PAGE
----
New efficient ships won’t be enough to curb shipping sector’s environmental damage, says research

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NEW climate research has stated that urgent action on emissions from existing ships is the key to tackling shipping’s impact on climate change.

The shipping sector ‘can’t wait’ for new, low-carbon ships to enter its fleet if it is to cut CO2 emissions in line with Paris Agreement targets, according to a University of Manchester study published in the new journal BMC Energy.

Measures to cut shipping’s pollution tend to focus on new ships, but this new Tyndall Centre research shows that CO2 emissions from existing ships will dominate the sector’s impact on the climate, and could even swallow up shipping’s entire safe carbon budget.

The researchers’ findings suggest that existing ships could use up the industry’s carbon budget before new ships are taken into account.

Tyndall Centre researcher Simon Bullock commented on the findings: “Shipping is generally a greener way to transport freight than roads or planes, but its impact is still very large.

“This research shows there is hope – shipping’s overall emissions could be dramatically reduced, if policy-makers act to cut the emissions from the existing fleet.”

Policies to cut shipping CO2 must focus attention on decarbonising and retrofitting existing ships, rather than just rely on new, more efficient ships to achieve the necessary carbon reductions.

As ships are so long-lived, the “committed emissions” from journeys travelled during the rest of their lifespan, are higher than for other modes of transport.

Climate Change Lecturer at The University of Manchester, Dr John Broderick said: “Unlike in aviation, there are many different ways to decarbonise the shipping sector, but there must be much greater attention paid to retrofitting the existing fleet, before it’s too late to deliver on the net-zero target.”

Without action, existing ships are expected to emit well over 100% of a Paris-compatible carbon budget.

However, the research highlights the multiple ways that ships can cut their committed emissions, such as travelling at slower speeds, fitting new renewable rotor technologies, connecting to grid electricity while in port, and retrofitting other energy saving measures.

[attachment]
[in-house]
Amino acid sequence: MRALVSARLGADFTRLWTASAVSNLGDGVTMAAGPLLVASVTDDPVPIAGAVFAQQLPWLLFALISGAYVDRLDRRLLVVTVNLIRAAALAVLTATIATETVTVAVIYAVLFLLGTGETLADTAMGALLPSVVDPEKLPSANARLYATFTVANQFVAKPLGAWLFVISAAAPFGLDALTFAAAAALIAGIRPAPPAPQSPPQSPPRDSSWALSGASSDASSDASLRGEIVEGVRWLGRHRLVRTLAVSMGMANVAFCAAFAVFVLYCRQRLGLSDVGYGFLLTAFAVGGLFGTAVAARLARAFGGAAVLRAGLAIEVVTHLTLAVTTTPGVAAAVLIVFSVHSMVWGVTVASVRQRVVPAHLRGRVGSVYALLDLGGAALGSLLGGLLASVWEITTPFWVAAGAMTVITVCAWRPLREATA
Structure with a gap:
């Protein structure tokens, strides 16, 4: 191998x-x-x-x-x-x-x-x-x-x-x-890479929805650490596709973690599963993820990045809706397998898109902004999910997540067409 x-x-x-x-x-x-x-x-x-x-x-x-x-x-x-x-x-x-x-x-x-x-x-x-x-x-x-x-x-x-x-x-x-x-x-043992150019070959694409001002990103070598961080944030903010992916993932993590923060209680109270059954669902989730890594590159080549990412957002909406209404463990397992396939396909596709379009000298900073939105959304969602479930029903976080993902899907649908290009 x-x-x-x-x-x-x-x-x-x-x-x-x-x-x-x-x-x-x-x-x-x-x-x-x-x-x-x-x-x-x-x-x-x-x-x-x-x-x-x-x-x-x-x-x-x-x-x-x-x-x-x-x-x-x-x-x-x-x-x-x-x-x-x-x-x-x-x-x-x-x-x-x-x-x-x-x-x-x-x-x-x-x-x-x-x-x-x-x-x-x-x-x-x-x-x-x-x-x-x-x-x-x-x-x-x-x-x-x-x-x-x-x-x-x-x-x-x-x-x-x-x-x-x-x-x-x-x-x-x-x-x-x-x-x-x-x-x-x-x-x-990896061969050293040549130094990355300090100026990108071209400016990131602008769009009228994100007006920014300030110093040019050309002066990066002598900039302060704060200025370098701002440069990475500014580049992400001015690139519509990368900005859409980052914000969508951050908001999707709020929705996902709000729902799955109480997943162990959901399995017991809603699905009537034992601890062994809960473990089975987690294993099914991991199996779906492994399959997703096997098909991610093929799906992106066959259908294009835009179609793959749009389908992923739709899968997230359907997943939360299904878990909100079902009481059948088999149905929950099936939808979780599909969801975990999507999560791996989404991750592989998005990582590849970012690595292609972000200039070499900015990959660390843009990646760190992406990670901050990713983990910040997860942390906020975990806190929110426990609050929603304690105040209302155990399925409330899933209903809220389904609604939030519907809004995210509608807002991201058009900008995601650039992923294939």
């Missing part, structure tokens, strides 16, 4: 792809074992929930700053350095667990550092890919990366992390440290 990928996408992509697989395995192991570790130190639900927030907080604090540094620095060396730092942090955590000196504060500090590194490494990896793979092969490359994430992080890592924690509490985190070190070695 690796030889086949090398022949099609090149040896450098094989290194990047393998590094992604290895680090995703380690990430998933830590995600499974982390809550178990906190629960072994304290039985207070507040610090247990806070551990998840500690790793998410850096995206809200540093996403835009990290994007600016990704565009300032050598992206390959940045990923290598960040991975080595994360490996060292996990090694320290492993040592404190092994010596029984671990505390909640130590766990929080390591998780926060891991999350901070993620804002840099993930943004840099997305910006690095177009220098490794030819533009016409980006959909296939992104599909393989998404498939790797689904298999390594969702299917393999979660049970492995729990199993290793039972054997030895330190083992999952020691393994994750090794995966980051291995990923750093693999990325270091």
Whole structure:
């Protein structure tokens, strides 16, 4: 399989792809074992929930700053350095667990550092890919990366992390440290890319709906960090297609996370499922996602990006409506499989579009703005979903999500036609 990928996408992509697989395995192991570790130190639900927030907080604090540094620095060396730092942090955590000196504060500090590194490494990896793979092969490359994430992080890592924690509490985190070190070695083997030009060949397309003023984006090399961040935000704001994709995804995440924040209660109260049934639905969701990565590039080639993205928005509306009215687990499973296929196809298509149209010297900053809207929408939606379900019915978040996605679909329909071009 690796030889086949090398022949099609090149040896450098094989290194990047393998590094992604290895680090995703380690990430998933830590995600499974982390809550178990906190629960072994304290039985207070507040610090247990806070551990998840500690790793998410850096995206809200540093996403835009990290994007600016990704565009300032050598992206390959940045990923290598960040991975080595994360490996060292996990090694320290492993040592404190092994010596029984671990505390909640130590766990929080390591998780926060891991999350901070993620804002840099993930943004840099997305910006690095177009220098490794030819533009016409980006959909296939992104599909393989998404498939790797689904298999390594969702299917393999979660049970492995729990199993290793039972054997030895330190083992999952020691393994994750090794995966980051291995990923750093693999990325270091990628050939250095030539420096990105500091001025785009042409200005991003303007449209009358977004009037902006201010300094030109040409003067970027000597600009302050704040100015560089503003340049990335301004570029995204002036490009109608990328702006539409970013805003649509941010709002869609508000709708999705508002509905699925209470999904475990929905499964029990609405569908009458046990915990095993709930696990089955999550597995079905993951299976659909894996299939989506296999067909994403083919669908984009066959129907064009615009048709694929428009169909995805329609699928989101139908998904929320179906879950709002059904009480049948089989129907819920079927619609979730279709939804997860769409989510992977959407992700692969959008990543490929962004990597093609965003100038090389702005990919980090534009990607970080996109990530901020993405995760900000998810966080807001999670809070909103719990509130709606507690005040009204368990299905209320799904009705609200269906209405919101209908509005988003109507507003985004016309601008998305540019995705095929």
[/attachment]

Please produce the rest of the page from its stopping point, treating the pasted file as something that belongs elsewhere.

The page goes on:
Innovative projects, such as the 2018 retrofit installation of two 30-metre-tall Norsepower Flettner rotor sails on the Maersk Pelican ship, can help to cut these committed emissions.

Still, scientists now say time is of the essence.

If implemented quickly and at scale, the shipping sector could still fairly contribute to the Paris climate agreement goals, but if not, other sectors will need to cut their emissions deeper and faster to compensate.

Professor Alice Larkin, Head of School of Engineering of the University of Manchester, commented: “The shipping industry continues to play a hugely important role in international trade and especially for our island nation, but this research highlights that the International Maritime Organisation’s current targets need to be substantially tightened to align with Paris goals.”

To date, committed emissions studies have focused predominantly on the power sector, or on global analyses in which shipping is a small element, with assumptions of asset lifetimes extrapolated from other transport modes.

Climate Change Lecturer at The University of Manchester, Dr John Broderick, said:  “Unlike in aviation, there are many different ways to decarbonise the shipping sector, but there must be much greater attention paid to retrofitting the existing fleet, before it’s too late to deliver on the net-zero target.”

This study analysed; new CO2, ship age and scrappage datasets covering the 11,000 ships included in the European Union’s new emissions monitoring scheme (EU MRV), to deliver original insights on the speed at which new and existing shipping infrastructure must be decarbonised.

The new research was led by climate scientists at the Tyndall Centre, Researcher James Mason, added: “This research highlights the key role existing ships play in tackling the climate crisis.

“We must push for quick action for these ships, whether through speed reductions or other innovative solutions such as wind propulsion.”